Power Window Switch

In today's increasingly modern world, where owning laptops, iPods and other technological gadgets is the norm rather than the exception, can you imagine using a small hand crank to roll your own car windows down? Sure, that's a bit of an exaggeration. Many cars still come with manual windows, but increasingly, power window switches have become the norm when it comes to rolling your car window down and getting some good, clean fresh air. In fact, we can probably say that power window switches are the rule while manual, hand crank windows are the exception.

But have you ever thought about power window switches? What makes your car windows go up and down better than good old elbow grease? What is up with those other automatic features, such as the power window that is smart enough to know when your husband forgot to take his arm out of the window and, fortunately, stops when it notices the obstruction? All of these automotive wonders have to do with one thing – the power window switch.

The lifting mechanism is an extremely important part of the power window system. If you were to take this out and look at it, it would look like a lever and pulley system with gears and a small electric motor. The worm gear and several spur gears work together to create a larger gear reduction, bestowing the power window switch lifting mechanism with enough torque to pull the window up. This is important for reasons of, of course, running the power window switch just as it is important for a reason you may not have thought of – safety. One important element of power windows in cars is that they are unable to be forced open. This is a safety feature that has surely kept many people safe over the years. But why can't power windows be forced open? That's where that little and oddly named "worm gear" comes in. These gears have a self-locking feature. To life the window, the worm spins the gear, but the opposite – the gear spinning the worm – is impossible. Therefore there is no way that a power window can be forced down. If that wasn't all, power windows also often include special features like auto up or auto down, and child safety protections to keep tots from getting limbs (or more!) through car windows.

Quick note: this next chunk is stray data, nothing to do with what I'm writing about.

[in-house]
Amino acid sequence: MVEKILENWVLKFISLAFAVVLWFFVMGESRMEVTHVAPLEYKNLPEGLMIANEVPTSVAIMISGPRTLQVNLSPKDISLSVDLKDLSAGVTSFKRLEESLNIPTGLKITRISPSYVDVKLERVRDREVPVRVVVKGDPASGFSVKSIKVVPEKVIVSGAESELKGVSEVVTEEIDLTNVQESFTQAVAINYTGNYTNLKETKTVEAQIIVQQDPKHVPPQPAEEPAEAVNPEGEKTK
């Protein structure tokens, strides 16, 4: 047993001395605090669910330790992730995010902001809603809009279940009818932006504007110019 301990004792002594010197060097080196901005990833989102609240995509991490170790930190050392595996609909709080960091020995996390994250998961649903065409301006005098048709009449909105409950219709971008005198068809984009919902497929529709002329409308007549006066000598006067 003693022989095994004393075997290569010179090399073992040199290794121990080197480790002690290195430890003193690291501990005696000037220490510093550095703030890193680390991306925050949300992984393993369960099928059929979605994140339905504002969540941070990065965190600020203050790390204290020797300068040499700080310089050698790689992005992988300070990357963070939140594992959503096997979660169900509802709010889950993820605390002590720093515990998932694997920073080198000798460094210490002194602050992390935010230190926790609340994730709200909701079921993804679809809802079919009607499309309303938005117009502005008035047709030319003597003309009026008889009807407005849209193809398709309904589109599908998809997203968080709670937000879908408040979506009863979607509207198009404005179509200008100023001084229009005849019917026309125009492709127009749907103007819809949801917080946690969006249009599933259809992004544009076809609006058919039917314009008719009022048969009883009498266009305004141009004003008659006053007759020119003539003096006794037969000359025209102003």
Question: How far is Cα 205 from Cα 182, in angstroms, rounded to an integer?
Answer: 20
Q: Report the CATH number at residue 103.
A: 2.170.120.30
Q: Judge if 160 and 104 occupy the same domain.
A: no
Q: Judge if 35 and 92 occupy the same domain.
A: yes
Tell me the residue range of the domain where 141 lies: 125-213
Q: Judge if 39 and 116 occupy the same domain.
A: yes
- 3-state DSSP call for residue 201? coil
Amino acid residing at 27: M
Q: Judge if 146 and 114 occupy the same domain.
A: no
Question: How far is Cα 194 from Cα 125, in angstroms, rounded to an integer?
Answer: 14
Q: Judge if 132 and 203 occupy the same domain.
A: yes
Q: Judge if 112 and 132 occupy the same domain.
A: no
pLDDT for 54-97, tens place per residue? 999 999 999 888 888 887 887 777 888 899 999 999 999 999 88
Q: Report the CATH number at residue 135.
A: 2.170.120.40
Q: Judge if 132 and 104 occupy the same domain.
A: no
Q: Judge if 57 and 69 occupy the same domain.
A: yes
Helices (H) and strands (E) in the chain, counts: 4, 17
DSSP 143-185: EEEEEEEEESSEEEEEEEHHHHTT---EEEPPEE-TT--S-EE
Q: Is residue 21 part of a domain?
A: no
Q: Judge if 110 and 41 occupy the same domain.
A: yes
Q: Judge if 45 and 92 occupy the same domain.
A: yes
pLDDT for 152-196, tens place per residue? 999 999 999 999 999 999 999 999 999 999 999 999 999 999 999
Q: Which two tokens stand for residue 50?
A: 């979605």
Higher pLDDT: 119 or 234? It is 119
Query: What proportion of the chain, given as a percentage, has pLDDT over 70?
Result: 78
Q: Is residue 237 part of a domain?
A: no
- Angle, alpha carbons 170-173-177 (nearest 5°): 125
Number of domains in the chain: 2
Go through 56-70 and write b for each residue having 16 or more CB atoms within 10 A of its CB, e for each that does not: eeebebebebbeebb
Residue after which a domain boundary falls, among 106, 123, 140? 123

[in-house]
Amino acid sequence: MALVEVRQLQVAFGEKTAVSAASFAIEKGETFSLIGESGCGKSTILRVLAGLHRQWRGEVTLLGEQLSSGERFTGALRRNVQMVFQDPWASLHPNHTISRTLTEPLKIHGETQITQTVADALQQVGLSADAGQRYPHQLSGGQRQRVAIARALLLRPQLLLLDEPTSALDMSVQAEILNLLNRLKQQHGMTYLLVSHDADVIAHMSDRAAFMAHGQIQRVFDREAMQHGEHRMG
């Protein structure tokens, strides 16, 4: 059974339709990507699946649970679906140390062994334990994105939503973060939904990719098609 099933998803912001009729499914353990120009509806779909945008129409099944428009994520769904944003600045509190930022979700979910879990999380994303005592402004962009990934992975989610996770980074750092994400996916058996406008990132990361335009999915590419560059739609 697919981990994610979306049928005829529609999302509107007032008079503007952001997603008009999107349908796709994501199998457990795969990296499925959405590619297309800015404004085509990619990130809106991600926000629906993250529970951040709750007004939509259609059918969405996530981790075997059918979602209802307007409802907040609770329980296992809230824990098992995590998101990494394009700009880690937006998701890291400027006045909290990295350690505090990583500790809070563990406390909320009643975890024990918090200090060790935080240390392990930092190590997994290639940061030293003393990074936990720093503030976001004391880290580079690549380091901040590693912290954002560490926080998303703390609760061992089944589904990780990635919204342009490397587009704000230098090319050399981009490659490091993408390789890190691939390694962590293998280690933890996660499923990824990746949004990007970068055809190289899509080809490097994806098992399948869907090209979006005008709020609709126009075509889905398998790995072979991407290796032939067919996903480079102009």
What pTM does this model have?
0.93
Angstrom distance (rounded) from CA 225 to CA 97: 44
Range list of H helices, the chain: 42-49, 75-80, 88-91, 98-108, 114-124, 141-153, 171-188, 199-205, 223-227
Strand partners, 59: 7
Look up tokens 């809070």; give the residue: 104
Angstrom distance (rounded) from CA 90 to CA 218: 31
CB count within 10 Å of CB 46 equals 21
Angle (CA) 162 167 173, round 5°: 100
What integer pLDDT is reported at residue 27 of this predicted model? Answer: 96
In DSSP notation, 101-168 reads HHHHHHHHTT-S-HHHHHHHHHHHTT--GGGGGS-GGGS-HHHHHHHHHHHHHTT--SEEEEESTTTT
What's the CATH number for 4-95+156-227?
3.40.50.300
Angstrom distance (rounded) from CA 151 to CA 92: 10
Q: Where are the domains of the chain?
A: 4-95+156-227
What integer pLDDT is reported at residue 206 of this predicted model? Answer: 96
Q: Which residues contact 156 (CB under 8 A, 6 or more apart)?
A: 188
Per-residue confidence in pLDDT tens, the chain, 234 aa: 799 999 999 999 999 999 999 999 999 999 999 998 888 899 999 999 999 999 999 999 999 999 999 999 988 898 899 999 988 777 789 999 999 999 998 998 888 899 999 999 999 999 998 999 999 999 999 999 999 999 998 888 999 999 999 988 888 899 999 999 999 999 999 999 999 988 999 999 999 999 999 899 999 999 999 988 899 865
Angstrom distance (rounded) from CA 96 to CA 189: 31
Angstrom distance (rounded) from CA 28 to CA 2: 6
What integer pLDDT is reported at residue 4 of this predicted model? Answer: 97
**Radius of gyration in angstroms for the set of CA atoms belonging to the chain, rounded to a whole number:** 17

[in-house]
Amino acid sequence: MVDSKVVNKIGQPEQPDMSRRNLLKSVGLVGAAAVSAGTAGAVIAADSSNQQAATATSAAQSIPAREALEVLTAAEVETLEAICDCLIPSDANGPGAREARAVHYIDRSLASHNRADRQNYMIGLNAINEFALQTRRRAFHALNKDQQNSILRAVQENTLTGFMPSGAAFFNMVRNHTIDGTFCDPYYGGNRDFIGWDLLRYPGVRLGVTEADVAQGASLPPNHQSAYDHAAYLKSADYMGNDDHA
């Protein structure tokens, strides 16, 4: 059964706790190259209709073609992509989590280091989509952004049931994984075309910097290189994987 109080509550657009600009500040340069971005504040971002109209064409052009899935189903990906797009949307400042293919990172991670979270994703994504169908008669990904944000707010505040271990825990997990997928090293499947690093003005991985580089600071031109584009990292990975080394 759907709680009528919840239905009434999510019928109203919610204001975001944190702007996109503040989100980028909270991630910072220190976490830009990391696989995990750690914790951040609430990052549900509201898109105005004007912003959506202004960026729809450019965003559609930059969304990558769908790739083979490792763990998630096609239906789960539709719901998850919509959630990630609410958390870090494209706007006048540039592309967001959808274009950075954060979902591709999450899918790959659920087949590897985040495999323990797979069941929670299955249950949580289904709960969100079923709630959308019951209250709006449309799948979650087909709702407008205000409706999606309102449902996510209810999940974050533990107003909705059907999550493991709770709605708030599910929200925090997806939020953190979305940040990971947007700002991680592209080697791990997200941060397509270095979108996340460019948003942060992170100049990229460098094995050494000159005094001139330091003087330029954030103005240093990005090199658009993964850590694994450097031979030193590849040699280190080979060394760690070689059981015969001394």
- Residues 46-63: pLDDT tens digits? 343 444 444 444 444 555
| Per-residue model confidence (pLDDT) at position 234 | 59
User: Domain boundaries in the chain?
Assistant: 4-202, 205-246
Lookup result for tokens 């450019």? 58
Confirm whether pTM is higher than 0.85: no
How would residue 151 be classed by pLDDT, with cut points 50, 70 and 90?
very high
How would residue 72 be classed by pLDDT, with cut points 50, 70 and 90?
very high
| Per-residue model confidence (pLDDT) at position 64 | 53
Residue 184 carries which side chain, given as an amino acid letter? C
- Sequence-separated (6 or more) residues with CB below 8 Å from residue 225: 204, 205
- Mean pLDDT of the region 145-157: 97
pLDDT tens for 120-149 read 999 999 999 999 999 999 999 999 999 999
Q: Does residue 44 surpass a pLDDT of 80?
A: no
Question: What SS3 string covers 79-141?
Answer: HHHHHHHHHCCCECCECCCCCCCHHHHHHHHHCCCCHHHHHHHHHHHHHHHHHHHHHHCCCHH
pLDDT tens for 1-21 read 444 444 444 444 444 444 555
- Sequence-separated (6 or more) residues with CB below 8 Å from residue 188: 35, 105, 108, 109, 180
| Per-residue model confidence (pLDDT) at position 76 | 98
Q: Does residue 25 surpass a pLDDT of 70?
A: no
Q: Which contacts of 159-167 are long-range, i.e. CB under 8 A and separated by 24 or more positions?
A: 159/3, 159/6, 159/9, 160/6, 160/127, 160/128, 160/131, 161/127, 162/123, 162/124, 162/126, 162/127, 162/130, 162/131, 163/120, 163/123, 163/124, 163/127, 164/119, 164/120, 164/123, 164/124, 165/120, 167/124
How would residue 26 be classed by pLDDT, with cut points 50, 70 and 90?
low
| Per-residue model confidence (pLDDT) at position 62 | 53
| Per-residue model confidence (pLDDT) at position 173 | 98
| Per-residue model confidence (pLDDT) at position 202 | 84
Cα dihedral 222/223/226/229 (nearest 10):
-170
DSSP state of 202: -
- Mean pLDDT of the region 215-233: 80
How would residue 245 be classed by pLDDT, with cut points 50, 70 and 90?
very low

One thing that you may not have known is that the very same lifting mechanism used in power windows is also often used in manual windows. The only difference is, of course, the method of generating the "power" to open and close the windows. The power window switch is, naturally, powered by an electric motor, while energy created by hand cranking is used to raise and lower manual windows.

The term power window switch refers to the actual button the driver presses in order to get the window to follow his or her command to roll up or roll down. These power window switches are, of course, connected to the window's lifting mechanism by mechanical wiring. One of the most basic types of power window switch wiring is the method which allows the driver of the car to control all four windows and the child protection or safety controls on all windows in the car.

In that basic system, the power window's power is fed to the driver's door through a circuit breaker. When the driver gives the car a signal by pushing the power window switch, the power is distributed to a contact in the center of a control panel that controls each window. From there, the power is routed to which ever window the driver wished to control. And then, viola, through the one touch magic of the power window switch the window is raised, lowered, or locked.



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